Anyone who’s read my blog for long knows that I am committed to preaching texts. Put more accurately, I am committed to the performance of texts. I think as important as the question, “what does this text say?” is the question, “what does this text want to do?” Some think of the burden of a text based sermon as teaching. I think of it more as helping people experience the text. I’m concerned about what the text says and hope to do a little teaching along the way, but I hope more to draw them into the experience of the world the text would create. I’m always asking, “what in this text wants to perform, and how would these elements perform best for this audience?”
From this standpoint, this makes the sermon similar to a cover. It’s a new performance of an original performance. Sometimes the original performance is so well known and carries such timeless elements, that the cover has to keep close contact with the original. Sometimes, however, the settings are so divergent and the themes so closely tied to the original performance that a more creative approach is called for–an update is in order.
The 2002, Concert for George, marking the one year anniversary of George Harrison’s death, was a concert of covers. Familiar songs like, Here Comes the Son, Something in the Way She Moves, and My Sweet Lord, stayed close to the original (with the exception of McCartney starting Something with the ukulele). My favorite song of the concert, however, is Sam Brown’s version of Horse to Water. A less well known song, it more easily tolerated a very different sounding version. This is more of a guideline than a rule. I also love Patti Smith’s transgressive cover of Smells Like Teen Spirit, or the Milk Carton Kid’s performance of Pink Floyd’s, Wish You Were Here. In cases like these, the familiar thing can once again surprise us and offer new life.
My favorite “cover” preacher is my friend, David Fleer, a rhetoric and homiletics professor at Lipscomb University. David uses the language and metaphors of the text to do the work of the sermon, hoping to get us for a few moments to inhabit the world the text would create. I heard him preach a few weeks ago on the story of David, Nabal, and Abigail. He never left the imaginative palate of the text, but at the same time we knew this text was being performed in Trump’s America, and in the aftermath of episode after episode of gun violence. It was a great cover. A true performance of the text, but with a contemporary audience in view.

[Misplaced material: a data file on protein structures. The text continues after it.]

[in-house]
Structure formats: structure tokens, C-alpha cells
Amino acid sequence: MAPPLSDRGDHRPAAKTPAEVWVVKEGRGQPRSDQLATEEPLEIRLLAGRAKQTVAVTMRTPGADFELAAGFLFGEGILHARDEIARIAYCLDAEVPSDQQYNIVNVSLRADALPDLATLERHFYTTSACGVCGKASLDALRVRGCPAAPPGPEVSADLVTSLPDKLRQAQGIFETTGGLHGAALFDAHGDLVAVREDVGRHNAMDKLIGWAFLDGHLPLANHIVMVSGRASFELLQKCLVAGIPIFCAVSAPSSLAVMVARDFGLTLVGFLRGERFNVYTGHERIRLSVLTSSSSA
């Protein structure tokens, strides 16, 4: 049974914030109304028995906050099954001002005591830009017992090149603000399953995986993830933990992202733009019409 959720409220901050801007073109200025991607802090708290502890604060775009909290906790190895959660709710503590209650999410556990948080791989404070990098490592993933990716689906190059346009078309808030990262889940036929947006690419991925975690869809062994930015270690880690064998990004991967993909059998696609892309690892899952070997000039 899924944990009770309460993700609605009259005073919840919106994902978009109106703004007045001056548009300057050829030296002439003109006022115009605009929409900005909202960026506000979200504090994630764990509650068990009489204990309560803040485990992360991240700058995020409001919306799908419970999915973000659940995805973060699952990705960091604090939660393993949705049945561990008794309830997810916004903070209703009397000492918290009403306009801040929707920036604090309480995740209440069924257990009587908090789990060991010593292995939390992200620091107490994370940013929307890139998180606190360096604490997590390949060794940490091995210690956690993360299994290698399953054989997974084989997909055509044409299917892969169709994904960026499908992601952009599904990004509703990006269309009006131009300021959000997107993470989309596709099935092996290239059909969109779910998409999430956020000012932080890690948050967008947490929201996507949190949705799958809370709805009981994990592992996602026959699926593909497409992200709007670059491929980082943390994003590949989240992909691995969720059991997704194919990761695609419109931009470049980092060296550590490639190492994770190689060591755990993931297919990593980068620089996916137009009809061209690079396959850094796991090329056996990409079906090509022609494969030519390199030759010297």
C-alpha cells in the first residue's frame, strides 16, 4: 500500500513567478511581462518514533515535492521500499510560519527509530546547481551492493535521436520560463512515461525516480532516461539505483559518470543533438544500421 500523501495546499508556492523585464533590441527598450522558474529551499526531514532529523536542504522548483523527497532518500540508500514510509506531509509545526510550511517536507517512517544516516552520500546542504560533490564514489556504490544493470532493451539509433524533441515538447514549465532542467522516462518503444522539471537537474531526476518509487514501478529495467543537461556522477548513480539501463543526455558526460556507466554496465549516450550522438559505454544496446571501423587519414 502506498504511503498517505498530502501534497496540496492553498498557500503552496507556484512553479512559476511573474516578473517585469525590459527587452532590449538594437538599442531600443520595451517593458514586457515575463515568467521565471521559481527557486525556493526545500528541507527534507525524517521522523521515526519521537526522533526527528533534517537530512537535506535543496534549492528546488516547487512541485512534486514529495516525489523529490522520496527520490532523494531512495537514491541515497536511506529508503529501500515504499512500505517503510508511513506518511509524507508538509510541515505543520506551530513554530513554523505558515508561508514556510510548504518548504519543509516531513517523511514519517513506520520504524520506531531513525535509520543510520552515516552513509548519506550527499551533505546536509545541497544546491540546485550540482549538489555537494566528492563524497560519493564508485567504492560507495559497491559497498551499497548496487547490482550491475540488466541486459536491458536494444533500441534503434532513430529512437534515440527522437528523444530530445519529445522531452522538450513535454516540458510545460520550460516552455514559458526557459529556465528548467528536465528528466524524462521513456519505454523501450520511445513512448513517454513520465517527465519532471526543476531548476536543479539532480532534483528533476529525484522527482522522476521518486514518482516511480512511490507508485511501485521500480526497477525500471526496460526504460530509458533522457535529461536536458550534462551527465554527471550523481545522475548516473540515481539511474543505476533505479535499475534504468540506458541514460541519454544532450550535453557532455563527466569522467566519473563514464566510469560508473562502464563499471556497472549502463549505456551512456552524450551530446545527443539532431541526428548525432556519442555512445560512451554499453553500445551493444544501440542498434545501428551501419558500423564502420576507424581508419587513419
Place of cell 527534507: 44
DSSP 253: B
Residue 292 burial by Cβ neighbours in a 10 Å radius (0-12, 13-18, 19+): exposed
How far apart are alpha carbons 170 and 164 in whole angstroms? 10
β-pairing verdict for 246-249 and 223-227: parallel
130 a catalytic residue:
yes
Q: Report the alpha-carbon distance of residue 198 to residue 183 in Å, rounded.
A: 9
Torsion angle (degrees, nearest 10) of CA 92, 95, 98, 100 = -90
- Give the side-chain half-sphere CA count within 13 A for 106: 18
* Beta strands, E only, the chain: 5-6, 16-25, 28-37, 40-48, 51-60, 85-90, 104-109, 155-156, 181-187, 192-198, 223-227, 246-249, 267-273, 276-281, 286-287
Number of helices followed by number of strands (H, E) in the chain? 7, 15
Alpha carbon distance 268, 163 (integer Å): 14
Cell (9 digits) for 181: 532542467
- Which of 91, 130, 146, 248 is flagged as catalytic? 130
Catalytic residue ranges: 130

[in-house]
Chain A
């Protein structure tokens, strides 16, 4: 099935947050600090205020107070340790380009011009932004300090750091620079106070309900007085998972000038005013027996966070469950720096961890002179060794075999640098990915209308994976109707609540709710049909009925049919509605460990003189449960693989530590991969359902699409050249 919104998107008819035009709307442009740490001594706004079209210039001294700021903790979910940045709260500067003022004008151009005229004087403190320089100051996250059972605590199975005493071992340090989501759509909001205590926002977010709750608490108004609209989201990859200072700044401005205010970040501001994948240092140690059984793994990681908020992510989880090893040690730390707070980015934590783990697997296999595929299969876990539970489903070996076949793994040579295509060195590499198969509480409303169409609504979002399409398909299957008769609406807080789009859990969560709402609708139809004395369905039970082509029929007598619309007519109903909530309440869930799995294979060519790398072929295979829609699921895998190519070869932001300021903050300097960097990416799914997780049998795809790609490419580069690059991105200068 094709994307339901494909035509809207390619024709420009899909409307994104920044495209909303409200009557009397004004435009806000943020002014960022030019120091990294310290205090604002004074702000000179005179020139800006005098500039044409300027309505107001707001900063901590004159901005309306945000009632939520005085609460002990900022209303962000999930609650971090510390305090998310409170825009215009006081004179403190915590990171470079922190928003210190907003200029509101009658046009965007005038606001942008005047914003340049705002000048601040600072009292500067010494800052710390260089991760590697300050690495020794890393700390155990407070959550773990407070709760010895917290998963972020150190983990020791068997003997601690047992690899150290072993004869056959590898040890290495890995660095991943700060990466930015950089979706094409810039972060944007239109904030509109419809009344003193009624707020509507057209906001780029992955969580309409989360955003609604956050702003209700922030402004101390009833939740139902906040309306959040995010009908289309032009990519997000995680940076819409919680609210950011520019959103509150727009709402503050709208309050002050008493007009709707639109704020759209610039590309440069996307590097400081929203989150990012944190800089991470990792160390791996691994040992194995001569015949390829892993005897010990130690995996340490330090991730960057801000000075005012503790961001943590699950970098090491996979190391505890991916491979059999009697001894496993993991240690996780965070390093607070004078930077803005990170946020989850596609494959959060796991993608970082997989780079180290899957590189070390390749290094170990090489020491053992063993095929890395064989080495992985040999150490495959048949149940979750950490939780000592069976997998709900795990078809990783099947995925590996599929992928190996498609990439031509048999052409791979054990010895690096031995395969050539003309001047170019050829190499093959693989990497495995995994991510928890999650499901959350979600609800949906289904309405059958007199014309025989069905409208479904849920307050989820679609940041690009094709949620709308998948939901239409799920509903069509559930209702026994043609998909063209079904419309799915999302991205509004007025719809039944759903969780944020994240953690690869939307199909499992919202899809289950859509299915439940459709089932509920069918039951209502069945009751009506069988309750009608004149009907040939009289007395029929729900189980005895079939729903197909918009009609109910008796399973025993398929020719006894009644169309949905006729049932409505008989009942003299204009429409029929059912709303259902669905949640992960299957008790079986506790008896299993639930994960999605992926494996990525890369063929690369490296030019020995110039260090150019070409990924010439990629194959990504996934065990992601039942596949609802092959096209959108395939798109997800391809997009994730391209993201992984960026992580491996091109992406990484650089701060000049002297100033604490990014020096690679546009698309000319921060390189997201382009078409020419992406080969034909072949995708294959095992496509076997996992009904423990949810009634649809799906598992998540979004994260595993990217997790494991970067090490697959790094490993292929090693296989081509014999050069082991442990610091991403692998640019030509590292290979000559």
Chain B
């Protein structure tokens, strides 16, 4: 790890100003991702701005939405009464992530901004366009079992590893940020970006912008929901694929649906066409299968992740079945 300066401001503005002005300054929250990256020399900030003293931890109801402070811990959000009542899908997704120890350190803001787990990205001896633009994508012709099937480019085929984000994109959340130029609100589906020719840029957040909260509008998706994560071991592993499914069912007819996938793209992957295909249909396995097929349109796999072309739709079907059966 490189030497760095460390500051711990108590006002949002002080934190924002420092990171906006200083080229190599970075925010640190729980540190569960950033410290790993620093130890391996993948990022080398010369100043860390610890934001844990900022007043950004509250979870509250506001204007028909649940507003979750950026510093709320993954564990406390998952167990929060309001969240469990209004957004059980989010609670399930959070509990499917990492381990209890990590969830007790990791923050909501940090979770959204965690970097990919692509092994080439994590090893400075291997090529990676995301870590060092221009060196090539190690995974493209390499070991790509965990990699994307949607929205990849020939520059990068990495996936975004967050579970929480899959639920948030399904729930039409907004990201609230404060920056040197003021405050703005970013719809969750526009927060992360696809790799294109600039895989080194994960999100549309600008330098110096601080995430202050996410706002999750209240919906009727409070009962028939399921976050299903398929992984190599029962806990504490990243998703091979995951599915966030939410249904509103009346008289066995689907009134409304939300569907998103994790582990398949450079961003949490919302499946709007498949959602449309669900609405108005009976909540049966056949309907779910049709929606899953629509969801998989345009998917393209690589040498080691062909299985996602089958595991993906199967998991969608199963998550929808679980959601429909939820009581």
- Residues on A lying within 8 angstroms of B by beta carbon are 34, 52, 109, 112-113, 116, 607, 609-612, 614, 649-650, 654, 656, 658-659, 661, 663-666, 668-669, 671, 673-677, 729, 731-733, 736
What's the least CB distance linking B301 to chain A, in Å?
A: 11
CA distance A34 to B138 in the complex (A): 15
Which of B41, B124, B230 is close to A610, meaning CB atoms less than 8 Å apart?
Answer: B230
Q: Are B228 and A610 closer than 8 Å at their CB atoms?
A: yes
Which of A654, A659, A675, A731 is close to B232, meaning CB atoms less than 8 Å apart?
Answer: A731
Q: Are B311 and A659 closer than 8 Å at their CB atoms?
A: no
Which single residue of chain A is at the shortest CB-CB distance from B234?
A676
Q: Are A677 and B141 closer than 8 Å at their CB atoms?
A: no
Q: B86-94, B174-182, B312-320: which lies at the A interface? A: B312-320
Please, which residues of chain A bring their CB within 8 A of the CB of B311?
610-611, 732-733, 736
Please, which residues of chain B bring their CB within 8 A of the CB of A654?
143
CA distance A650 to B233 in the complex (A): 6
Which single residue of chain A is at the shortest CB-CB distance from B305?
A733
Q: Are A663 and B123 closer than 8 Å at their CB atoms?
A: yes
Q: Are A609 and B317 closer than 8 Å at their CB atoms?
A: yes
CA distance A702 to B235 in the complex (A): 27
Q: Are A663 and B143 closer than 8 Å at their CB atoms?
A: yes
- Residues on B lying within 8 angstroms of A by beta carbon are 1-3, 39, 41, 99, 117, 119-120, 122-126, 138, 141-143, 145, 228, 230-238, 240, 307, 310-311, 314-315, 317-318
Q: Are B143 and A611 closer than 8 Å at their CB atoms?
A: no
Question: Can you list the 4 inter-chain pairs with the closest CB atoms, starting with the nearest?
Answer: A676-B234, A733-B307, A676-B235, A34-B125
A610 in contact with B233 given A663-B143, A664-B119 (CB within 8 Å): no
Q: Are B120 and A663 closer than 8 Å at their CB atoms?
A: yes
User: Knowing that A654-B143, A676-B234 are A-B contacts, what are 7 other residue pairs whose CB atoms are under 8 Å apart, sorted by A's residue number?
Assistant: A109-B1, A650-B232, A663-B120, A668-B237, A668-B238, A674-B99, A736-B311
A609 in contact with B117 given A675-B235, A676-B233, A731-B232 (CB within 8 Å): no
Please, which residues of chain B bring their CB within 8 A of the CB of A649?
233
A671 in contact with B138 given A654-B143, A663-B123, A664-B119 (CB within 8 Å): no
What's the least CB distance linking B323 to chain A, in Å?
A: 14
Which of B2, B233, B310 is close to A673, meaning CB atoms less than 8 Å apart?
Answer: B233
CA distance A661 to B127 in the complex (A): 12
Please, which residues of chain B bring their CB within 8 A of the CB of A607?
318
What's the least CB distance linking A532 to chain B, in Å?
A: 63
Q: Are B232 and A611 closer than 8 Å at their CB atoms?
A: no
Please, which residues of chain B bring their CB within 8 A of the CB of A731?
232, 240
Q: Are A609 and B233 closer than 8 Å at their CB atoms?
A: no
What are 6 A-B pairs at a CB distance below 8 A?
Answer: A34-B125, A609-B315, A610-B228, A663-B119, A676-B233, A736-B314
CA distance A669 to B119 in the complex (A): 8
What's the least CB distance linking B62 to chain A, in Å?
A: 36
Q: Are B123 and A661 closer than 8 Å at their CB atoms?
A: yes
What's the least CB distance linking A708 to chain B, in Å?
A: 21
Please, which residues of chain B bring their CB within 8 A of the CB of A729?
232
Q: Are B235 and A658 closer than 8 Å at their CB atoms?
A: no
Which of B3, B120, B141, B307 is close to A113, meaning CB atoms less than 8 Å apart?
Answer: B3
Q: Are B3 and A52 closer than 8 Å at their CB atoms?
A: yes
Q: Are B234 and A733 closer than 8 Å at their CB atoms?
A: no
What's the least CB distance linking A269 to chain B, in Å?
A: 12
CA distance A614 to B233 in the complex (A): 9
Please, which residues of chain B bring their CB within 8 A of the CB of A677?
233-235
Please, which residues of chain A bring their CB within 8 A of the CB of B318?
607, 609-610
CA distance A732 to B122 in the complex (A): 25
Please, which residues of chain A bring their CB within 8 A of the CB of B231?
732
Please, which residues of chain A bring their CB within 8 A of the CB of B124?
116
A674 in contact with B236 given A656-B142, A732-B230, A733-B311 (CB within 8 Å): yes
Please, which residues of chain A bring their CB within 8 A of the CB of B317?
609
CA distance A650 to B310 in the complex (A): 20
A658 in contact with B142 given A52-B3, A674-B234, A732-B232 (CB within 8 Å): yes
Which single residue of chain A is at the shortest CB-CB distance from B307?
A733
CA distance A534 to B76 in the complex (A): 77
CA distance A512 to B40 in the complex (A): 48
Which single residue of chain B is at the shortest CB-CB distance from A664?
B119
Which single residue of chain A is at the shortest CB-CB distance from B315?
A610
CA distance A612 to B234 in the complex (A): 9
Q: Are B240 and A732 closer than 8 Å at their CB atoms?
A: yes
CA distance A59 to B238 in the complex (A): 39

I sometimes hear sermons that are content to “sample” the text–to take a riff or a loop and build an entirely new “song” around it. There is no rhetorical “world of the text,” and in turn no effort to draw listeners into the imaginative landscape of the text. A hip hop song might give you a sense of recognition or connection to the “text” of another song, but it is not a cover. Similarly, a sermon might strike a biblical chord of recognition, but leave the rhetorical setting of the text in the rear view mirror. This is not always wrong or bad, but we should be clear that it is not “preaching the text.” It’s sampling, not covering.
Sermons are an obvious place to use the analogy of a cover, but I think it can be applied to ministry as well. More on that to come.